As they made their way through the caves, the panther spoke little, still dazed from her magic, but Selethine learned that they both came from the Khindjani Woods. Having been starved of company, she spoke of her arduous journey across the Zenitar Plains, and her search for the Vireskan crystal, an artifact that had been stolen aeons ago by a frost dragon. 

“What would you use the crystal for?” the panther asked, for apparently even charmed cats were curious. 

“It would be a powerful spell focus,” Selethine admitted. “And the Moontouched priests need it for their rituals.” 

She expected the fabled crystal to be sealed away in a great chest, or resting in an ornate bracket. But when they stumbled upon it, it lay abandoned in a pile of rubble. She picked it up reverently, admiring its sparkling facets. The crystal was even more beautiful than she had imagined, radiant with prismatic energy.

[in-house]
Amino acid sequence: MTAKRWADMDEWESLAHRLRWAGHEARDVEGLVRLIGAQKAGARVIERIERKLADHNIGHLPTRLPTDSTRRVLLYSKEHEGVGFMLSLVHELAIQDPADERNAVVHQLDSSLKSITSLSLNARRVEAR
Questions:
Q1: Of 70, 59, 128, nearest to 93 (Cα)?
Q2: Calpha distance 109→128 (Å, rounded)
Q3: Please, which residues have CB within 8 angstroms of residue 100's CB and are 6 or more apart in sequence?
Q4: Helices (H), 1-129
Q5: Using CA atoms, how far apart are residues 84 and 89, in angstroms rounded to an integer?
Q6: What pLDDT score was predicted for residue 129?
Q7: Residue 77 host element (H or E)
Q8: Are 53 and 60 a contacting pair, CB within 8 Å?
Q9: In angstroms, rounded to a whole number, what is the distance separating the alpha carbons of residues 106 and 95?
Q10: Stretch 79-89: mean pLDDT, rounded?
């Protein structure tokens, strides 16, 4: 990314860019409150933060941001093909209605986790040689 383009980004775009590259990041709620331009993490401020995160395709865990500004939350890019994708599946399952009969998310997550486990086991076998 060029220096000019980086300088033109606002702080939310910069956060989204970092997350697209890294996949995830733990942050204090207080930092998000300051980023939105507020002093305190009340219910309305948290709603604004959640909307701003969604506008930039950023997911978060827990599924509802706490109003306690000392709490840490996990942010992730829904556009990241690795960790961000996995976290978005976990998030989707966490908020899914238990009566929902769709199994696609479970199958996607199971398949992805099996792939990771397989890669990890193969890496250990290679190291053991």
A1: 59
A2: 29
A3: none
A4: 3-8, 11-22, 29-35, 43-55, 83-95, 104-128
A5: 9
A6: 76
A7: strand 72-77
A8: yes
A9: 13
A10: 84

“It was likely discarded by a bandit who didn’t know its worth,” she murmured, wiping away the dust and carefully and stowing it in her pouch. Despite her fatigue, the world felt a little brighter. 

Selethine retraced her steps with the panther at her heels. Hours later, the pair emerged from the cave, exhausted but in high spirits. The cold bit into their limbs like a knife. 

“I can’t believe I found the crystal,” Selethine said. “No fey have ever returned from Mount Vireska... And the journey home is so far that I might not survive.” 

“You may want to see to your charm spell,” the panther remarked. “You don’t seem quite as captivating as before, and I do seem to recall a pink cloud...”